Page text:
The recipe said it can be served with rice, which sounds delicious!  Enjoy!

I thought this soup was pretty delicious!  It was also vegan in case you were wondering!

The flavor combination was really interesting and surprisingly creamy (probably from the peanut butter).  The carrots and sweet potato added an interesting sweetness.  Next time, I would make it a little spicier (maybe I would have tried using that spicy peanut butter from PB and Co… one of my many peanut butter jars that needs to be used) and cut my green beans a little smaller.

I know a lot of people don’t like okra, but seriously… try this!  It’s not slimy at all!

Have you tried any other types of African food?

I’ve had Ethiopian and Moroccan!  Both were REALLY good!  The lovely fella didn’t appreciate the Ethiopian much but I thought it was delicious (I can really appreciate any time I can eat with my hands)!


12 thoughts on “January Recipe Challenge: Africa

  1. Anna says:

    This looks delicious! We ate at an Ethiopian restaurant about a year ago in Seattle, and the food was SO good. I’d like to try to recreate some of the recipes. You ate everything by scooping it up with a big pancake!

  2. Lauren says:

    I have a Peanut Tofu stew which is delicicious. It is basically all the same ingredients, except okra, then put half of the soup in a blender with soft tofu and mix. Then return the pureed+tofu part back into the pot. It is thick and delish!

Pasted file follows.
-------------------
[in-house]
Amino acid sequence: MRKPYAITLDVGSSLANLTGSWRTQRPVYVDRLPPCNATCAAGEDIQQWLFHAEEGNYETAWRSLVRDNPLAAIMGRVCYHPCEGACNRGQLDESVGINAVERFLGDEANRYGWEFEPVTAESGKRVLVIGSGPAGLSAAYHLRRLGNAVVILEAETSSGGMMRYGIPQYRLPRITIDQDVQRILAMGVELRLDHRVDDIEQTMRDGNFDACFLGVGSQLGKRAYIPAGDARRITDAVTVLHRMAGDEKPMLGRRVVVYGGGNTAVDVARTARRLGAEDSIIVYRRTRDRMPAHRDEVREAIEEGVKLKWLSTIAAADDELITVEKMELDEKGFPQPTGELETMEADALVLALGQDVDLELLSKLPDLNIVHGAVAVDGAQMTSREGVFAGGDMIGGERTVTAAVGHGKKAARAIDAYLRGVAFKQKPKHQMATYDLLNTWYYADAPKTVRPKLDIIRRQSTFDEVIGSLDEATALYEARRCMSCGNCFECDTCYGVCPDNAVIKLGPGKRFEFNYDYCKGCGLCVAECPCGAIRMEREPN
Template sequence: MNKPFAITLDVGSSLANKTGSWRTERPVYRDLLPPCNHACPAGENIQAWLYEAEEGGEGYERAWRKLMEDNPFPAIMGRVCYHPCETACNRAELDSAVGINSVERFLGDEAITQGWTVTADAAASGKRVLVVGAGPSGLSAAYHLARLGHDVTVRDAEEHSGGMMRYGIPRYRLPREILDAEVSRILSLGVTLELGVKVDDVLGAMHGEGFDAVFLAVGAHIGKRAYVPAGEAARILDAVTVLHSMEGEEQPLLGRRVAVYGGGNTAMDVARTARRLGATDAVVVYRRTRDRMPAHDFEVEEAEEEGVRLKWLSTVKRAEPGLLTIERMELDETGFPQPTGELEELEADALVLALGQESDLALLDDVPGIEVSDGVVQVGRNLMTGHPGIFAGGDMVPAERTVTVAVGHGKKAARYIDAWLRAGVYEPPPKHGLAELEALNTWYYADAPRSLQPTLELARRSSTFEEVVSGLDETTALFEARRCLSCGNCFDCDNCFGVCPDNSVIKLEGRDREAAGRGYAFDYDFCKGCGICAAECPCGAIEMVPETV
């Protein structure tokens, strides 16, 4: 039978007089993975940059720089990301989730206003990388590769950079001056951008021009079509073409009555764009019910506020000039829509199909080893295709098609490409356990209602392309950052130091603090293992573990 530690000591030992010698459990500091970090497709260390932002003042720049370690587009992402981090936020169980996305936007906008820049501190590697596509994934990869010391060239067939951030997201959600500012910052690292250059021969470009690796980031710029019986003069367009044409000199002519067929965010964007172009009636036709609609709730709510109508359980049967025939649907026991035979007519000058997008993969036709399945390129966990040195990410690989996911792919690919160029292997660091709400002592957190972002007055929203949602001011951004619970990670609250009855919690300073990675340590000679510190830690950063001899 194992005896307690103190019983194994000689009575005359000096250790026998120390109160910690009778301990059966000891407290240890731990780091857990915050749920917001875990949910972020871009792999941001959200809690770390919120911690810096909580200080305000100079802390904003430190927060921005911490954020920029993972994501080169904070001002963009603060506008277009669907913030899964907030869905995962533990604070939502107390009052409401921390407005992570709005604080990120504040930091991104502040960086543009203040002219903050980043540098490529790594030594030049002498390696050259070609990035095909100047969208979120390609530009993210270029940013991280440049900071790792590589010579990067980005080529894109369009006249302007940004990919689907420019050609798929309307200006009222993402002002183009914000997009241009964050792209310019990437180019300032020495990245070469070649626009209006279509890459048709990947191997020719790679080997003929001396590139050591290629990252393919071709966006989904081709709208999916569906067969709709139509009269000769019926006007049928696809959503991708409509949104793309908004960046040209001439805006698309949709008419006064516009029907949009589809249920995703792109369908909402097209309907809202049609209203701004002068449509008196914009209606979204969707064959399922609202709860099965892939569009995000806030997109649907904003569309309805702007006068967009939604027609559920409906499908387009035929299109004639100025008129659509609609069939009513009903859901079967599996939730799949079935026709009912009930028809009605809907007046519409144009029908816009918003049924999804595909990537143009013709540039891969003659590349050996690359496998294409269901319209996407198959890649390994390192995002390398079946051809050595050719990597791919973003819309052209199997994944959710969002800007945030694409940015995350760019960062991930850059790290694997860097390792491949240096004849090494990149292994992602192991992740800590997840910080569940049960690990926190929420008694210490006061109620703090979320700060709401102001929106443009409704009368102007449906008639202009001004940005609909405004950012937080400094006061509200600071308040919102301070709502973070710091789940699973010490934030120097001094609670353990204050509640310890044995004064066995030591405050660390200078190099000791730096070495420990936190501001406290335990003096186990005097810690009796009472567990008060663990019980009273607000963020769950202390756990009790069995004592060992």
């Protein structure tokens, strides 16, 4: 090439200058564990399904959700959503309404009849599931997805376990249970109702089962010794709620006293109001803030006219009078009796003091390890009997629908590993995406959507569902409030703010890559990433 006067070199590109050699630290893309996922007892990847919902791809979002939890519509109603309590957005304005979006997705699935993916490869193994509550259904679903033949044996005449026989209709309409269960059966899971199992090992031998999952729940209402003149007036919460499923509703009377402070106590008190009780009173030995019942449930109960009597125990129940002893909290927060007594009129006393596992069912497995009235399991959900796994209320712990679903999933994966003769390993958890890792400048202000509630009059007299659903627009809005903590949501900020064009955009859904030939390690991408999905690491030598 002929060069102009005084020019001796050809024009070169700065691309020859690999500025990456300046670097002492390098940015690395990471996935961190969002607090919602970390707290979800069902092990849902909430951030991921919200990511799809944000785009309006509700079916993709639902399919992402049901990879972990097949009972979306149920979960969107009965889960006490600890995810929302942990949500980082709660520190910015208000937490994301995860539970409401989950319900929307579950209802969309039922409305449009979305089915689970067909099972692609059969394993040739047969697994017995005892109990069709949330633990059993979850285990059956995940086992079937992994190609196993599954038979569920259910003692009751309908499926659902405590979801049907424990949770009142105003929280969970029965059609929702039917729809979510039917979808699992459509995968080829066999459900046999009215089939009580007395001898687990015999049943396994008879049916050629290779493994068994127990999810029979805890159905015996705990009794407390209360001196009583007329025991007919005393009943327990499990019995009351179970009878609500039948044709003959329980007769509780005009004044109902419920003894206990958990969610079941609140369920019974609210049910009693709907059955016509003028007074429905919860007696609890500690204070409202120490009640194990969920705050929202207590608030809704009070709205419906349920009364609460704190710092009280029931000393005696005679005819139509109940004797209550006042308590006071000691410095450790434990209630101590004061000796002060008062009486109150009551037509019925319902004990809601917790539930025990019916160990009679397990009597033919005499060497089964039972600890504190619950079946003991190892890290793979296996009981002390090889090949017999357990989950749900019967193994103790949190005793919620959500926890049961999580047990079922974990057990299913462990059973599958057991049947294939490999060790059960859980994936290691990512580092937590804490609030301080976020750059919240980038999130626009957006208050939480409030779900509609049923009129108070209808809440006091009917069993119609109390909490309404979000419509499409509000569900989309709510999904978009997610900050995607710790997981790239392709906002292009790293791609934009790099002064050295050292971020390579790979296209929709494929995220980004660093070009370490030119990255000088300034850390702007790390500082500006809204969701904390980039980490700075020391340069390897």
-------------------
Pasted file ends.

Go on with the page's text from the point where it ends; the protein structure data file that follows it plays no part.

3. louisianagrown says:

    I was obsessed with my high school French teacher who had once been a member of the Peace Corps and was stationed in Cameroon (i think). She said when she first got there, she was super skinny, but the food the women in her village cooked was so amazing that she puffed up in no time. For them, it is beautiful to be round, and they began giving her compliments… that made her cry herself to sleep at night. I’ve never tried any African food, but she made it sound so great, and this dish looks delicious!

  4. Suzanne says:

    I haven’t eaten a lot of African food, only Moroccan a few times. Last Christmas, my SIL & BIL invited us over for an all-Moroccan food Christmas dinner. I was totally blown away by all the different flavors. I would love to try this recipe… your soup looks delicious.

    By the way, I’ll try to get Prashant to tell me what he used to make the spinach gravy! He never measures or writes anything down and it drives me crazy!!

  5. Nicole says:

    I have had Ethiopian and Moroccan, as well…but only once, unfortunately! I wish African restaurants were more popular and easy to find! Side note: I would’ve never pegged okra as an African vegetable, I think of it in the south of the states! Learn something new every day : )

Leave a Comment

Fill in your details below or click an icon to log in:

WordPress.com Logo

You are commenting using your WordPress.com account. Log Out /  Change )

Twitter picture

You are commenting using your Twitter account. Log Out /  Change )

Facebook photo

You are commenting using your Facebook account. Log Out /  Change )

Connecting to %s